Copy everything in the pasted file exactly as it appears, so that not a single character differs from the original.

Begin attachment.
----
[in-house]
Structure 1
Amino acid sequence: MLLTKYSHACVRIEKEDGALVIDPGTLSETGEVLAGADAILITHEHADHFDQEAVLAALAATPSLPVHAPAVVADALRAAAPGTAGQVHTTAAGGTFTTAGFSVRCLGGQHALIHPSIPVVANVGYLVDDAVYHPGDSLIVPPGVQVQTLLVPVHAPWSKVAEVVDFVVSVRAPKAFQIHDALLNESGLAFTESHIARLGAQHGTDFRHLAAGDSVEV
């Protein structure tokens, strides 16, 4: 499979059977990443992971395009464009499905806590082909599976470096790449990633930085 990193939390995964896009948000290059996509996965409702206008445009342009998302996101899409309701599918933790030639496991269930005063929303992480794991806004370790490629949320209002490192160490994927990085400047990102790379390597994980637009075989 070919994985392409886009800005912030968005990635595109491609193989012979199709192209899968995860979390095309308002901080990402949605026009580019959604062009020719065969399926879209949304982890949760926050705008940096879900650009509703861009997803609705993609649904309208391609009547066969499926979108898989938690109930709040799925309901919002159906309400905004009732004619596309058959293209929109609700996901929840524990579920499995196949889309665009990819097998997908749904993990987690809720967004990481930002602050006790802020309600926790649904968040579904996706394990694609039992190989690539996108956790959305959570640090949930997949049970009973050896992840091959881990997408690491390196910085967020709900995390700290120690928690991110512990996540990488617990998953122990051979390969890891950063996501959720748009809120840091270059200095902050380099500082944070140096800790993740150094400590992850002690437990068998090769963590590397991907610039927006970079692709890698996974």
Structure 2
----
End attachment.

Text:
[in-house]
Structure 1
Amino acid sequence: MLLTKYSHACVRIEKEDGALVIDPGTLSETGEVLAGADAILITHEHADHFDQEAVLAALAATPSLPVHAPAVVADALRAAAPGTAGQVHTTAAGGTFTTAGFSVRCLGGQHALIHPSIPVVANVGYLVDDAVYHPGDSLIVPPGVQVQTLLVPVHAPWSKVAEVVDFVVSVRAPKAFQIHDALLNESGLAFTESHIARLGAQHGTDFRHLAAGDSVEV
């Protein structure tokens, strides 16, 4: 499979059977990443992971395009464009499905806590082909599976470096790449990633930085 990193939390995964896009948000290059996509996965409702206008445009342009998302996101899409309701599918933790030639496991269930005063929303992480794991806004370790490629949320209002490192160490994927990085400047990102790379390597994980637009075989 070919994985392409886009800005912030968005990635595109491609193989012979199709192209899968995860979390095309308002901080990402949605026009580019959604062009020719065969399926879209949304982890949760926050705008940096879900650009509703861009997803609705993609649904309208391609009547066969499926979108898989938690109930709040799925309901919002159906309400905004009732004619596309058959293209929109609700996901929840524990579920499995196949889309665009990819097998997908749904993990987690809720967004990481930002602050006790802020309600926790649904968040579904996706394990694609039992190989690539996108956790959305959570640090949930997949049970009973050896992840091959881990997408690491390196910085967020709900995390700290120690928690991110512990996540990488617990998953122990051979390969890891950063996501959720748009809120840091270059200095902050380099500082944070140096800790993740150094400590992850002690437990068998090769963590590397991907610039927006970079692709890698996974």
Structure 2